“Deep Six”

Deep Six.png“Deep Six” by D.P. Lyle features an interesting group of individuals who live, work and mostly play along the Gulf Coast. They like partying, drinking, driving classic cars, and having fun. Jake Longly is an ex-baseball player who owns Captain Rocky’s Surf and Turf, while his father Ray runs a P. I. firm, Longly Investigations. The book is primarily written as Jake’s first person narrative so the action is mostly dialogue driven, and most of the characters are seen from Jake’s point of view.

To help his dad (really just to keep his dad off his back) Jake takes an “easy” adultery assignment, but what a surprise, things do not go well. On the stakeout, he finds himself the recipient of the wrath of his ex-wife Tammy in front of whose house his car is parked. The police are not too happy about Jake or the situation.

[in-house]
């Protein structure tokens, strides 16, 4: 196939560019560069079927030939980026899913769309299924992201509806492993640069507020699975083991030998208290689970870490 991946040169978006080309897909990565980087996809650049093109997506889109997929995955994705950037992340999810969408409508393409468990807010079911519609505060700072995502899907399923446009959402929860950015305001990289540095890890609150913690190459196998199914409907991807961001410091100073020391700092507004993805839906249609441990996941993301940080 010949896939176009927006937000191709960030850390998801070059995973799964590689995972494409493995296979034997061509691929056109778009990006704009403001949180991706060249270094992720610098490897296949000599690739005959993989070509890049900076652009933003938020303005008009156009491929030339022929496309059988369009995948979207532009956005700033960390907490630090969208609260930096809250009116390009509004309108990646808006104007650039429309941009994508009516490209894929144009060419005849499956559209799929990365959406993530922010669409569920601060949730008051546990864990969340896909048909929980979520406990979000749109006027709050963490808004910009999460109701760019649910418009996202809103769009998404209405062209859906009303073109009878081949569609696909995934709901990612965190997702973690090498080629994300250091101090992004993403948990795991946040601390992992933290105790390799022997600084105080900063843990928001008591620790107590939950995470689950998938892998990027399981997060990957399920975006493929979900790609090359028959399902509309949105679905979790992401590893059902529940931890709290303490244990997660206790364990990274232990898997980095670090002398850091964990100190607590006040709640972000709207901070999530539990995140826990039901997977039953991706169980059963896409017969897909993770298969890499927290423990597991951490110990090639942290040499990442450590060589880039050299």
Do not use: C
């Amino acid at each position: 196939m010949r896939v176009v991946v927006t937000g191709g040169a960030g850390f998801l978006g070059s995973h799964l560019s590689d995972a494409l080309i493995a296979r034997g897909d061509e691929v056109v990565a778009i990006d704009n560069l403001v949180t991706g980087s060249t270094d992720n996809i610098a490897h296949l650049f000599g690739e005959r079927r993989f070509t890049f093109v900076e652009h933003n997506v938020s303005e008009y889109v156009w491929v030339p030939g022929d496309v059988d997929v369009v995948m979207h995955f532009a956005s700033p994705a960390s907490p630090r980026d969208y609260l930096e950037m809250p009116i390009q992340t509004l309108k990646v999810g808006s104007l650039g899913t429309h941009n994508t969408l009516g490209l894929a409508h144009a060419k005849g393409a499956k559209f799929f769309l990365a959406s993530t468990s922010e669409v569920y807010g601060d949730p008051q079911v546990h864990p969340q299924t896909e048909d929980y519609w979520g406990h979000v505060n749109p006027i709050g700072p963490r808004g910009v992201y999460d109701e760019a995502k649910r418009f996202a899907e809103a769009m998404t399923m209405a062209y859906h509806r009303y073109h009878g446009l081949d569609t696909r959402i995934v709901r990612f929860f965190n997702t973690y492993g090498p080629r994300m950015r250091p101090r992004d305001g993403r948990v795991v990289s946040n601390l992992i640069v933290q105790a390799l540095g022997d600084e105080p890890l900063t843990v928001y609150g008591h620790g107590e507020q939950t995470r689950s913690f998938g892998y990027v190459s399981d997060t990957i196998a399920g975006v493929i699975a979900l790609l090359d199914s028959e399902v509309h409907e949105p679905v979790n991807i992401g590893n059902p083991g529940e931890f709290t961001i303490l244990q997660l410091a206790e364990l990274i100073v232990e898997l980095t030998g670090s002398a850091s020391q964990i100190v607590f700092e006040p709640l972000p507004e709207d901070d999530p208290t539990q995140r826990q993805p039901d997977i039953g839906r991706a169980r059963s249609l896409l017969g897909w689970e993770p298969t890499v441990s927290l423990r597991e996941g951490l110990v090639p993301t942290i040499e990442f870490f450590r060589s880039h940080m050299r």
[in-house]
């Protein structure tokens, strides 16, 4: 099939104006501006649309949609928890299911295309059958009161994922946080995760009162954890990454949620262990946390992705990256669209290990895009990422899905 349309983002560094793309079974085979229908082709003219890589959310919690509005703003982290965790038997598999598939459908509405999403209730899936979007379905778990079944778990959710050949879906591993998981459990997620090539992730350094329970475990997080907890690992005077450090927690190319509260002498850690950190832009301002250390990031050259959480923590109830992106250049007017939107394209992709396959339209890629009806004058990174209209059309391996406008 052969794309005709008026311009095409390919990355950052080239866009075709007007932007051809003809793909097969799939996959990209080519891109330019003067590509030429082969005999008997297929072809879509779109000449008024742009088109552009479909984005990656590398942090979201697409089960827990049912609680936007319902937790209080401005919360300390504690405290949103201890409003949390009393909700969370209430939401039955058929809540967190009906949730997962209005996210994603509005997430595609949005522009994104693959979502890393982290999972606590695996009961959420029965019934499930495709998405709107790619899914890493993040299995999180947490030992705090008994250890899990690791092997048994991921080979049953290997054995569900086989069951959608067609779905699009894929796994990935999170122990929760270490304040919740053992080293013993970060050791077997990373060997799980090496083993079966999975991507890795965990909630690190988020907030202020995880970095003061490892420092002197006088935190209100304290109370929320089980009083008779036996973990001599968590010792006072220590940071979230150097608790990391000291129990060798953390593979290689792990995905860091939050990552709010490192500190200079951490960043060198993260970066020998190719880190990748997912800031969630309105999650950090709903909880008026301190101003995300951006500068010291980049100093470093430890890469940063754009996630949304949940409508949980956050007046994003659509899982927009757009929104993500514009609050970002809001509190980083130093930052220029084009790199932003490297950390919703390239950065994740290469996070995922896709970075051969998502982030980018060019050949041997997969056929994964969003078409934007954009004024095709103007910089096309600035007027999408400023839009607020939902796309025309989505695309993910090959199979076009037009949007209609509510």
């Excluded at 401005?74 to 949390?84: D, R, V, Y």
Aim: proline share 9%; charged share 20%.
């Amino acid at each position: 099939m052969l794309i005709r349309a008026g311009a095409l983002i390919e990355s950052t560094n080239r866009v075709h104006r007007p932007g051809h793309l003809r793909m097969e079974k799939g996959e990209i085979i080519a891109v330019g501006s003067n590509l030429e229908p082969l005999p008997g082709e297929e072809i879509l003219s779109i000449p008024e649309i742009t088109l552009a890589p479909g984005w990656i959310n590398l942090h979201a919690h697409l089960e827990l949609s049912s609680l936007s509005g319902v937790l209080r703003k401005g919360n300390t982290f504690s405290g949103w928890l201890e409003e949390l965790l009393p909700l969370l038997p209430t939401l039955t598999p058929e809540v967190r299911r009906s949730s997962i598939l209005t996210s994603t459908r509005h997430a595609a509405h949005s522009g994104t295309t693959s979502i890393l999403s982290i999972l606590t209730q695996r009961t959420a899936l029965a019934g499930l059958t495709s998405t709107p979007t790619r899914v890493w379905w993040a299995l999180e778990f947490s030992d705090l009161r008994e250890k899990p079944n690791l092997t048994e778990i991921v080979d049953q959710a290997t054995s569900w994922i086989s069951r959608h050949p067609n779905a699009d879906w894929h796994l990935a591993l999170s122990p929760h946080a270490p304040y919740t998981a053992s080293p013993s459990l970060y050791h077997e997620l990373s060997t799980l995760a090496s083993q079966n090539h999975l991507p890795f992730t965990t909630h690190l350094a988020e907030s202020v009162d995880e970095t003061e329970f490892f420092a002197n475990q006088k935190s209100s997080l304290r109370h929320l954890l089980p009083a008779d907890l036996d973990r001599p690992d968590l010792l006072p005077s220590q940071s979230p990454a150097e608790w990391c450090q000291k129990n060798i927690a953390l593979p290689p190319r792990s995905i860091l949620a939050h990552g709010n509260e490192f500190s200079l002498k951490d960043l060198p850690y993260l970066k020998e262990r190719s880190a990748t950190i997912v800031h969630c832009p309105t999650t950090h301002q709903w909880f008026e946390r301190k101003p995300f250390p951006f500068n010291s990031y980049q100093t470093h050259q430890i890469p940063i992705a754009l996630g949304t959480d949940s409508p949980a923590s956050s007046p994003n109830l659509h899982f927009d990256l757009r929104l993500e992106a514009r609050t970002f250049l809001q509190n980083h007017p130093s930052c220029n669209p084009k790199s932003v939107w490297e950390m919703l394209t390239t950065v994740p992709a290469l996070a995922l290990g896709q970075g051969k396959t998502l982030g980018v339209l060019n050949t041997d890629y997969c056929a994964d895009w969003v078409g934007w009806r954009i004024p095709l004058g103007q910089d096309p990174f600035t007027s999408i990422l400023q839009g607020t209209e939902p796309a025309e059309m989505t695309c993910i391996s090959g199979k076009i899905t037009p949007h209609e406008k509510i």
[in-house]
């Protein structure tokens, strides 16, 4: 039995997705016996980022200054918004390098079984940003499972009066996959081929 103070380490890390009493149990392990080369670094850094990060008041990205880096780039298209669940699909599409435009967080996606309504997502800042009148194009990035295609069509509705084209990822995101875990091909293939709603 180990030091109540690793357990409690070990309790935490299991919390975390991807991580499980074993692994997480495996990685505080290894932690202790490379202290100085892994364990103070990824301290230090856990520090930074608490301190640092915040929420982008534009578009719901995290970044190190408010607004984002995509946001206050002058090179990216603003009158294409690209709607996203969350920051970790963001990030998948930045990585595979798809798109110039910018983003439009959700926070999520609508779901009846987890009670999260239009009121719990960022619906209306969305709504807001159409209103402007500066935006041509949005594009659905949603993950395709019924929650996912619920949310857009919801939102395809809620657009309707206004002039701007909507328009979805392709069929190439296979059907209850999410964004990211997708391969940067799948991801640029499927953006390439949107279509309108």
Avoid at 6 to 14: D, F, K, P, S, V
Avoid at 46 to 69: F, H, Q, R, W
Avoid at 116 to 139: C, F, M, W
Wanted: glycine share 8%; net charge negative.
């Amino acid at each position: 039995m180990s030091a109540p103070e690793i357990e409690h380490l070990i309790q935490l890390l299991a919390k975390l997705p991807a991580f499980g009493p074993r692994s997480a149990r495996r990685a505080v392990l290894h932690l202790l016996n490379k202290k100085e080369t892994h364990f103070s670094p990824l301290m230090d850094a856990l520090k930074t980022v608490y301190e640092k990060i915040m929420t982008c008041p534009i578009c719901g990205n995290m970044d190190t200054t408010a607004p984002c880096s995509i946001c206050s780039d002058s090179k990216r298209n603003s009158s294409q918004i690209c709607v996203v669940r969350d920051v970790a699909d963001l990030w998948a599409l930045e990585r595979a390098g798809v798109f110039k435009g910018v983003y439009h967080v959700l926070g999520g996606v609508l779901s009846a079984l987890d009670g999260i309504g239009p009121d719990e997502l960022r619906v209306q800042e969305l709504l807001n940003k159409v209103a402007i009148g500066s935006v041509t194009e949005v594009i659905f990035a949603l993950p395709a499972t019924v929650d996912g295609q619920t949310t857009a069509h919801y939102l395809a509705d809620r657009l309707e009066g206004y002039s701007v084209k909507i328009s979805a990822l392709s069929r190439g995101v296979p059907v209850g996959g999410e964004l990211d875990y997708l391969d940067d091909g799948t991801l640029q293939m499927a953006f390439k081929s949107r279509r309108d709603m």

“I’m on the job. For Longly Investigations.” “Ray Longly?” “Correct.” “You work for him?” “He’s my father.” “That explains a lot.”

When Jake and his new friend Nicole finally get back to the job, spy bags in hand, it is discovered that yes, Barbara Plummer is cheating, and with Jake’s ex-wife Tammy’s, new husband. And just when things can’t possibly get more complicated, Barbara Plummer ends up dead. Lies, deception, and more lies are entangled so much that it is hard to find answers. Even Jake finds himself in the cross-hairs of a crime boss.

“Deep Six” was not a trauma-inducing edge-of-the-seat thriller, but was a quick, fun book to read, considering there was a murder after all. The characters are not dark, somber, or even excessively thoughtful, just fun — lots of liquor and lasses, cars and crime. I received a copy of “Deep Six” from Oceanview Publishing, D. P. Lyle, and NetGalley to review. It was an entertaining book, and I enjoyed reading it.